If I had to choose to go to a great company with (what seems like) average compensation or a poor company with (what seems like) great compensation, I would join the great company instead.  The equity value should increase over time for the great company, and drop for the poor company.  Even if you make a lot of short term cash, you will miss out on the future network and branding factors mentioned above.

In contrast, at the great company, your cash compensation will also go up over time as the great company succeeds.  Google used to be a cash-poor, equity-rich company.  Now it pays above market cash or cash equivalents (RSUs).  Google effectively shifted from an equity to cash company over time, as break out companies tend to do.

Don't get me wrong - money is important and the ability to pay the rent and not constantly worry about your financial position is crucial.  I would just think long term about it, and also realize that salaries typically go up to market (and eventually exceed market) at the companies that do best.

Like a startup, it is best to think of your own career as a long term thing, rather then a set of short term increments.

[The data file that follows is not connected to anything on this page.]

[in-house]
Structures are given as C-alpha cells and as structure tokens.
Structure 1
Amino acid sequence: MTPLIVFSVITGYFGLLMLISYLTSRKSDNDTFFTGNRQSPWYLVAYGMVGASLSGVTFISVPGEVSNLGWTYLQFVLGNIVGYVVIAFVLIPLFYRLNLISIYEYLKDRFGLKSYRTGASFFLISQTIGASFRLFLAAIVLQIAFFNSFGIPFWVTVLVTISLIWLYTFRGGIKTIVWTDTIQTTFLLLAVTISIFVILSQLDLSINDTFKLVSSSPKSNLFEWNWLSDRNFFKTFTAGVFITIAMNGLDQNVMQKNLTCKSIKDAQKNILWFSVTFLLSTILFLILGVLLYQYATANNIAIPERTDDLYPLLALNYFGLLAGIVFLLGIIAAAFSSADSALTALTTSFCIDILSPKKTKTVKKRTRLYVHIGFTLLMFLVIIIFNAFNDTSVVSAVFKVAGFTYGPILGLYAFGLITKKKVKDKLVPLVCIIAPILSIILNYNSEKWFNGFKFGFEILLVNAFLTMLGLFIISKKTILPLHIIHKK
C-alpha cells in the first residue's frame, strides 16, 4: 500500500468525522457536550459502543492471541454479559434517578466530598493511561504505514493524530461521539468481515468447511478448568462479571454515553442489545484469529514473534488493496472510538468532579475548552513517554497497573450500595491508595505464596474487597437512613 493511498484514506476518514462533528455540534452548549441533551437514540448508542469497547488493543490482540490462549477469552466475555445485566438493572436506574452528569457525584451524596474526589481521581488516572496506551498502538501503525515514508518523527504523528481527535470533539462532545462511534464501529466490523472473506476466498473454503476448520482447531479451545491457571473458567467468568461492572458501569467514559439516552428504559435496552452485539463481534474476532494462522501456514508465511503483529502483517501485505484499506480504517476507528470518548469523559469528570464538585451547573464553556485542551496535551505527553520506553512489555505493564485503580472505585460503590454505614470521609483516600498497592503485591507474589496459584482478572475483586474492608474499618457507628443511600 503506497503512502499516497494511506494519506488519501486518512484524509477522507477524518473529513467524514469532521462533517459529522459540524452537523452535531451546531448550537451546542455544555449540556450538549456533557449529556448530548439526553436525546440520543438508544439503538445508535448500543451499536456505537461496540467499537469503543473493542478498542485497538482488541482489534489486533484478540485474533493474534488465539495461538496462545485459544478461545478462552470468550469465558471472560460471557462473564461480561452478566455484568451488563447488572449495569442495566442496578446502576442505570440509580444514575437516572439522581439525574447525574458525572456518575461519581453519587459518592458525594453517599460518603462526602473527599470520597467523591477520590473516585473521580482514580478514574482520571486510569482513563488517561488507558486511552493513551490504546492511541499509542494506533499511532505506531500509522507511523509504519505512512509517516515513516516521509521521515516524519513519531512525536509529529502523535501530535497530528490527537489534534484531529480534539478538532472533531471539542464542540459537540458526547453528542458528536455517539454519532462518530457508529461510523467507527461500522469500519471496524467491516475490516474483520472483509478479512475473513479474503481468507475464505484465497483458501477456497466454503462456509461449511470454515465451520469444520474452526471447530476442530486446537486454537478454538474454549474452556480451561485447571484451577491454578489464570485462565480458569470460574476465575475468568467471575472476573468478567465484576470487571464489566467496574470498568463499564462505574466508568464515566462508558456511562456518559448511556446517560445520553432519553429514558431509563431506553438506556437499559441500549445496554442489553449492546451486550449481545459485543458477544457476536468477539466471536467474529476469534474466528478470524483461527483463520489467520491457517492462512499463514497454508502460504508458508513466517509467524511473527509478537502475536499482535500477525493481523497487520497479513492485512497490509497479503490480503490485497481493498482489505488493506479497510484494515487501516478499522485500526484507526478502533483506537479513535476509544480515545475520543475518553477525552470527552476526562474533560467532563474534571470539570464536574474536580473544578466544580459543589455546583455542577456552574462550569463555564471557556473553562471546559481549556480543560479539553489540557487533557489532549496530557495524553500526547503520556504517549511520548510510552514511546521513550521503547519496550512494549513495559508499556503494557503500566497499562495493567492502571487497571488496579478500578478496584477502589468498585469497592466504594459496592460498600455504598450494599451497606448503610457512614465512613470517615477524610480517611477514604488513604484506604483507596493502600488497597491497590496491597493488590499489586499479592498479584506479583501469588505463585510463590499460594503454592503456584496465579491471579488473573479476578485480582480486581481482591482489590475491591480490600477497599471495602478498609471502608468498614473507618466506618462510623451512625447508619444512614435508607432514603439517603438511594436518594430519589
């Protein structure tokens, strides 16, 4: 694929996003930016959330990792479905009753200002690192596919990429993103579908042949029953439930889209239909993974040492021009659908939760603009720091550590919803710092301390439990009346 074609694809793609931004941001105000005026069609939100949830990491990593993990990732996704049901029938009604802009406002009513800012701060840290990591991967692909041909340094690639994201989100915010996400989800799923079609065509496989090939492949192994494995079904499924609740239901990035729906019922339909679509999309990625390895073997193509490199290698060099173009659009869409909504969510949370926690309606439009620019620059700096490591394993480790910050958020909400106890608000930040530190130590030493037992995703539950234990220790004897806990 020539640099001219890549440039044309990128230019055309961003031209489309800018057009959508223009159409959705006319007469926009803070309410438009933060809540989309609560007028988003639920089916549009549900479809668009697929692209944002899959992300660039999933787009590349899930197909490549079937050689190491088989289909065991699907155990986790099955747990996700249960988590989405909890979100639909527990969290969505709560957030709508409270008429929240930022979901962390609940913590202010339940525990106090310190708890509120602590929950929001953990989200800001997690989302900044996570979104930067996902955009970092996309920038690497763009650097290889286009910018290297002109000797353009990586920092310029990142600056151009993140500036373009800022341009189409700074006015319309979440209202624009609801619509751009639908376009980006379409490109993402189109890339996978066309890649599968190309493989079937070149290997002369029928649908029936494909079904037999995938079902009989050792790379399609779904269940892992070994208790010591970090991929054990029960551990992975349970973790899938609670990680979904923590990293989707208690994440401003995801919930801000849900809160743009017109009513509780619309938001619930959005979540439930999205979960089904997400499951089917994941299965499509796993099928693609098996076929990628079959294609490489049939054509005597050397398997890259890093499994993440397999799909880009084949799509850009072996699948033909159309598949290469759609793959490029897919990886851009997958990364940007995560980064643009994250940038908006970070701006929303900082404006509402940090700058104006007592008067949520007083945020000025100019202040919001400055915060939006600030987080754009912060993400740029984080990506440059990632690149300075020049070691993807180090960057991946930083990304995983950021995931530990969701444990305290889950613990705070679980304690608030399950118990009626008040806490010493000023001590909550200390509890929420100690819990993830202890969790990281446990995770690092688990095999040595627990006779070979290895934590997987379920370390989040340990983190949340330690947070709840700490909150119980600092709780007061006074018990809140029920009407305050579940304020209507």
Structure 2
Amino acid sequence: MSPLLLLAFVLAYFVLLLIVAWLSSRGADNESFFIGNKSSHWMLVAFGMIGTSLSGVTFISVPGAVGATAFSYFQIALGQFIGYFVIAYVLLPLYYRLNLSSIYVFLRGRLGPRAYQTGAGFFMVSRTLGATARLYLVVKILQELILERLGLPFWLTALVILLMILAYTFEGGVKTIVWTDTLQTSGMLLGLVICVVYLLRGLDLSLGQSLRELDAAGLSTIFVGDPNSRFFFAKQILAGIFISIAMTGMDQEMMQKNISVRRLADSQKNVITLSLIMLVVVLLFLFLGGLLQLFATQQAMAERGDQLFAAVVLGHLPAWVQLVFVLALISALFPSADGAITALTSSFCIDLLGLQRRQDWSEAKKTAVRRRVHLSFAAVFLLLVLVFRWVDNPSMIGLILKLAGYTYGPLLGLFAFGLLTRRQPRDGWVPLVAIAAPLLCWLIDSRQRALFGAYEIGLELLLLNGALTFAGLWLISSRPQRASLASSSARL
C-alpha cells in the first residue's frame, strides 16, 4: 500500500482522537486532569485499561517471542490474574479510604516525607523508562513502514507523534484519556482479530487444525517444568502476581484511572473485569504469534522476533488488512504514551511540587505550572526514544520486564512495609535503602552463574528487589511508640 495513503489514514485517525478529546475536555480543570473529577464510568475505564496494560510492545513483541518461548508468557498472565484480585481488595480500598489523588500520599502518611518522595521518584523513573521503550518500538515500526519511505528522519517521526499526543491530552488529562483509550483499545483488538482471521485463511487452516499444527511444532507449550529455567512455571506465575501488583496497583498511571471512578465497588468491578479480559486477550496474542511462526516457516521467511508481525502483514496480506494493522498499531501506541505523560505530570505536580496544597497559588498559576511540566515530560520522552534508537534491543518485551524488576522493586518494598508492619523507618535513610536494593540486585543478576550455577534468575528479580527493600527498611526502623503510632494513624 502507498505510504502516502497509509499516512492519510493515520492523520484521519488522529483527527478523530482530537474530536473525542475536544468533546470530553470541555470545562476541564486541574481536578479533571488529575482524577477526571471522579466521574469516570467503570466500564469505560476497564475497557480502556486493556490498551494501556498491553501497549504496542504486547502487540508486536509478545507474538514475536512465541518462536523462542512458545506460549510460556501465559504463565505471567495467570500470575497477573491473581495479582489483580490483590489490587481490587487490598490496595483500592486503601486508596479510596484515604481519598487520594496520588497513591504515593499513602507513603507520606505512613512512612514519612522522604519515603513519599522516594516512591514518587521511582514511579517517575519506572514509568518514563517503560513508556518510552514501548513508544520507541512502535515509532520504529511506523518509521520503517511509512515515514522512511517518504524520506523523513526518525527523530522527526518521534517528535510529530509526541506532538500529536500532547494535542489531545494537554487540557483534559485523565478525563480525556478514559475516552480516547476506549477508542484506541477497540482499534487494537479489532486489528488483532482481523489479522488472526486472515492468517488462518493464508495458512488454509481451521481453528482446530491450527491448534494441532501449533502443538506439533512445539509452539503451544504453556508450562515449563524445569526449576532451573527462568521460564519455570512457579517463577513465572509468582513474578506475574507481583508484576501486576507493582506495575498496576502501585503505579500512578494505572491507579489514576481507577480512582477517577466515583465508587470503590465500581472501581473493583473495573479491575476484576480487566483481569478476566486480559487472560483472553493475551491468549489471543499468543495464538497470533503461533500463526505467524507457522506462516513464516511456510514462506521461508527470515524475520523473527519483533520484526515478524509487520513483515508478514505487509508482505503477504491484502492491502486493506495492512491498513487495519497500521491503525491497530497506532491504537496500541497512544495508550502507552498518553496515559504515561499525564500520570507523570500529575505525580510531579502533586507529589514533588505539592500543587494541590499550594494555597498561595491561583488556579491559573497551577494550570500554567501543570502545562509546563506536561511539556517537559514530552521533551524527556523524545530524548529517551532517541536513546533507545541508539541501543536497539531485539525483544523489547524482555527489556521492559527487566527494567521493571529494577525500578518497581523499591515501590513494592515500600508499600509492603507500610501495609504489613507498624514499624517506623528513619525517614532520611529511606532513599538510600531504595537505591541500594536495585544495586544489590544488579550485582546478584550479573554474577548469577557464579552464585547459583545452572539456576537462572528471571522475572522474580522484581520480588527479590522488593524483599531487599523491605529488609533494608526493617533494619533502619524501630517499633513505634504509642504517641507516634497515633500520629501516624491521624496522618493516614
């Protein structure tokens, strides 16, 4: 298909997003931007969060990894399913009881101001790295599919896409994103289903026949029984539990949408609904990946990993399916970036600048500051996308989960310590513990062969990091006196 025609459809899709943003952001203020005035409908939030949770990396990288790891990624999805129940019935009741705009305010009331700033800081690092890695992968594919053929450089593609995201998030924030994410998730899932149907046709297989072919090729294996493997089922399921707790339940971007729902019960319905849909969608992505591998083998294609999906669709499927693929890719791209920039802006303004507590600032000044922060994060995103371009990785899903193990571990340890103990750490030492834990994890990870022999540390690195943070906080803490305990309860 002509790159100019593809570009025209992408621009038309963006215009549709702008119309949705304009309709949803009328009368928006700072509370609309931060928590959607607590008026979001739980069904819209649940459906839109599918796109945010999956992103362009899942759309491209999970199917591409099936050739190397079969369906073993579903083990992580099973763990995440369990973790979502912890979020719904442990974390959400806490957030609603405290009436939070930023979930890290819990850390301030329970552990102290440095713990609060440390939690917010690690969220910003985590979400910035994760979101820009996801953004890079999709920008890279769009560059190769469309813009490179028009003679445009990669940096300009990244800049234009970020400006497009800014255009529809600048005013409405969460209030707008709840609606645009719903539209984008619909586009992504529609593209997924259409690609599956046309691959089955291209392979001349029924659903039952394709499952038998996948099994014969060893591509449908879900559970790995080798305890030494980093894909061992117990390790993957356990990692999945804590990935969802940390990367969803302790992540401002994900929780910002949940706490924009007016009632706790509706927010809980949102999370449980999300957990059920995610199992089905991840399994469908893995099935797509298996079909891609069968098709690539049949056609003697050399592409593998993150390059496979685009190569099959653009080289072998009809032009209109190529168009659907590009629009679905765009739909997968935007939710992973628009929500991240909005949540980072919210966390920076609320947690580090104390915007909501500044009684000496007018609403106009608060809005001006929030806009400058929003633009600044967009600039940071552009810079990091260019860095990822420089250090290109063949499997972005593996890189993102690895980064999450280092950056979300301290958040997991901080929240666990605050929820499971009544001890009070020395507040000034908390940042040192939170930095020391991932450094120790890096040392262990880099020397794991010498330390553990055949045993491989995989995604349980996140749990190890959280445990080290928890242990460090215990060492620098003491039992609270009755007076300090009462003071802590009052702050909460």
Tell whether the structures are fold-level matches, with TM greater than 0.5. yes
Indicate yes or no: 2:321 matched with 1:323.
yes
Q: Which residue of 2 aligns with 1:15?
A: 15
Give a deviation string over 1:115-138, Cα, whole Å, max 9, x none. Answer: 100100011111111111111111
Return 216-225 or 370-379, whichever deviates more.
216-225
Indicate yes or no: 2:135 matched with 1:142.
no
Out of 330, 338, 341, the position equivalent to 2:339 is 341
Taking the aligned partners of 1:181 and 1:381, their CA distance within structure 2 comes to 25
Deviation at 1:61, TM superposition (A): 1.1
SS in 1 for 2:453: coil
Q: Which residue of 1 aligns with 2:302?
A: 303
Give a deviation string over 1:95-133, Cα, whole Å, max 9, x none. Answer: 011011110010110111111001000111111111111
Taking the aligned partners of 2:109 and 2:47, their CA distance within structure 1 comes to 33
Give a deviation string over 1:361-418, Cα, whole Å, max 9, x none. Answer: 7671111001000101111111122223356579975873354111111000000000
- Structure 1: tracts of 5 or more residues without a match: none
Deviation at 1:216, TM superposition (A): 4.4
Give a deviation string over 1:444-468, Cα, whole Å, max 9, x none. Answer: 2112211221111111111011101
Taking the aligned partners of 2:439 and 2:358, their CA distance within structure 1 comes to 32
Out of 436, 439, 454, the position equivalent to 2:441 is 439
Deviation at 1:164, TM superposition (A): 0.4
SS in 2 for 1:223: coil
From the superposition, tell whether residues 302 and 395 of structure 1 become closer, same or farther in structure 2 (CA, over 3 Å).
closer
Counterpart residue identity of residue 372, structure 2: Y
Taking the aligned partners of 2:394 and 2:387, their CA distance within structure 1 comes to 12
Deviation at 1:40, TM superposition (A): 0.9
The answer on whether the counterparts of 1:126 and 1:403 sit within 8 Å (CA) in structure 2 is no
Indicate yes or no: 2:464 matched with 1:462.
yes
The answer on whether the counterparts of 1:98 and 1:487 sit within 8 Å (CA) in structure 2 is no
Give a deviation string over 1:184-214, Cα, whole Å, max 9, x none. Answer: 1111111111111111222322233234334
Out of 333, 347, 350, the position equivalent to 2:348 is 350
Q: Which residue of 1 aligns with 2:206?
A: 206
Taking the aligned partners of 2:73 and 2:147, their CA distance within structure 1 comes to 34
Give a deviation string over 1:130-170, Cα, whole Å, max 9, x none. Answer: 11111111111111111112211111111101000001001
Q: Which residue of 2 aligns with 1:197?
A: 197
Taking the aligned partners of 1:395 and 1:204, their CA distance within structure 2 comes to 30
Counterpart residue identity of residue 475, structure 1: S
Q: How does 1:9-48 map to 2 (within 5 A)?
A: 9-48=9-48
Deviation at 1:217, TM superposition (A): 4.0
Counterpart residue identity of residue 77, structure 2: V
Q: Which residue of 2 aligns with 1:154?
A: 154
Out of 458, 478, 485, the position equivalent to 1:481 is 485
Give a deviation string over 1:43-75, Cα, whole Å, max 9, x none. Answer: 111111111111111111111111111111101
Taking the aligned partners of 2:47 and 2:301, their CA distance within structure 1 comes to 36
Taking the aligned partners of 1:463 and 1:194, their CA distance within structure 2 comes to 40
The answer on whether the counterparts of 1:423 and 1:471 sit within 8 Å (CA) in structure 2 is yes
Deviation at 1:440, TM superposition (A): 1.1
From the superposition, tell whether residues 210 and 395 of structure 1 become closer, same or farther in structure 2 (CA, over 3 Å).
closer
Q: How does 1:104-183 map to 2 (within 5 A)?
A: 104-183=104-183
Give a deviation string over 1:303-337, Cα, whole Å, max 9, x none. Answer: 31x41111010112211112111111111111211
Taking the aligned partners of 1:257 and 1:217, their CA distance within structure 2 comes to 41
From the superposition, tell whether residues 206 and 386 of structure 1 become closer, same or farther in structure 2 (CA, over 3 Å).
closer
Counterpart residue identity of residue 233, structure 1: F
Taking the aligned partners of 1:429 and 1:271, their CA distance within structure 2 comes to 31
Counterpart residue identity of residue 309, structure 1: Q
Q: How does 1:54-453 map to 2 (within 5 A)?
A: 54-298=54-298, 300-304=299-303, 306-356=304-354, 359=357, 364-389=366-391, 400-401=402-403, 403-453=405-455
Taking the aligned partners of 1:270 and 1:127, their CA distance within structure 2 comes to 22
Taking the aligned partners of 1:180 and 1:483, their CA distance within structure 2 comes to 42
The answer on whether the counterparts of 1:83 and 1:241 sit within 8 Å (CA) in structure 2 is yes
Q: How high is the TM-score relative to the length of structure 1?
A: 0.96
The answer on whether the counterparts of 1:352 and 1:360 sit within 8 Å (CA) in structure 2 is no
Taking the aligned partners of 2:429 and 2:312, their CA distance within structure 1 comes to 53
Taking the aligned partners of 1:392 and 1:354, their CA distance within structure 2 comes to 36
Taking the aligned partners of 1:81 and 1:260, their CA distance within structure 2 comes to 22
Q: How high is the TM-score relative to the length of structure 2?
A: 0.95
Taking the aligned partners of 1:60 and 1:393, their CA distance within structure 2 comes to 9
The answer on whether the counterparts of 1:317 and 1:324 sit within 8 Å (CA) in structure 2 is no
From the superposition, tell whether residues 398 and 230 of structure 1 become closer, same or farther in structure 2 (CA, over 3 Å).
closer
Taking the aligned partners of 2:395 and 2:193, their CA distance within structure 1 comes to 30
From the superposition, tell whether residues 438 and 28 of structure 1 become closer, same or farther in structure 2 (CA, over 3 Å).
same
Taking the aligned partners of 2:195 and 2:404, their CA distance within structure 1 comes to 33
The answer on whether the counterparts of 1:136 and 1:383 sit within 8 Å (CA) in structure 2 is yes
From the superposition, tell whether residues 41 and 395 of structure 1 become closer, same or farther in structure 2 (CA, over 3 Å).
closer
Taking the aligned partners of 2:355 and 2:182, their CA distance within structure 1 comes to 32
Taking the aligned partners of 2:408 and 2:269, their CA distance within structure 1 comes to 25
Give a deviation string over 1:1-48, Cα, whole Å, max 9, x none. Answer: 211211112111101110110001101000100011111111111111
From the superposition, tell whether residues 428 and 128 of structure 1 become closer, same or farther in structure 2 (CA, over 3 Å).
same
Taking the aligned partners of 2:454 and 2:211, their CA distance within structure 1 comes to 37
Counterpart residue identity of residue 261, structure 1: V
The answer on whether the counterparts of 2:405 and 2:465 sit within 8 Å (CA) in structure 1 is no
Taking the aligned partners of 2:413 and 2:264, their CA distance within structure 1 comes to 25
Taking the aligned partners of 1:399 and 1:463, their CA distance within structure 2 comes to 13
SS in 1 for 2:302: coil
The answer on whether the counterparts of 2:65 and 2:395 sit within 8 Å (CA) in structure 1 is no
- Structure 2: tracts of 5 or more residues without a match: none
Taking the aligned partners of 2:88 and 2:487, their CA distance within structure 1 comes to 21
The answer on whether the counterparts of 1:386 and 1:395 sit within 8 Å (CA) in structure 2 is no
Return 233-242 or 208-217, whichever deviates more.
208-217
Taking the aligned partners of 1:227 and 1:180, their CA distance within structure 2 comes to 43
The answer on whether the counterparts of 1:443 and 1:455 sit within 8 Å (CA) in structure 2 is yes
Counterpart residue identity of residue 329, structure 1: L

BONUS POINTS 
If you plan to work in tech, move to Silicon Valley.  The set of opportunities and networks out here are much stronger.  If you do not go to Silicon Valley, go to New York.

International market experience can be beneficial in your career if you plan to be in a business role and want to primarily join late stage companies.  This is a good back door into certain high growth companies where you might not otherwise fit.

Notes
[1] This post assumes you have decided to join, rather then start, a company.  I think the decision to start a company or not is outside of the above framework.  The framework is meant to help someone who wants to join an existing company and is biased towards people early in their careers.

[2] Certain things become increasingly important as you have kids, you help family members face illness or other problems, or other life events happen.  For some people the ideal job is largely about flexibility, proximity to family or home, or other factors not mentioned above.  These factors can be crucial to a person's life and happiness, and my intention is not to underweight them.  If you want to e.g. be close to a sick relative, a lot of the other items above may become irrelevant.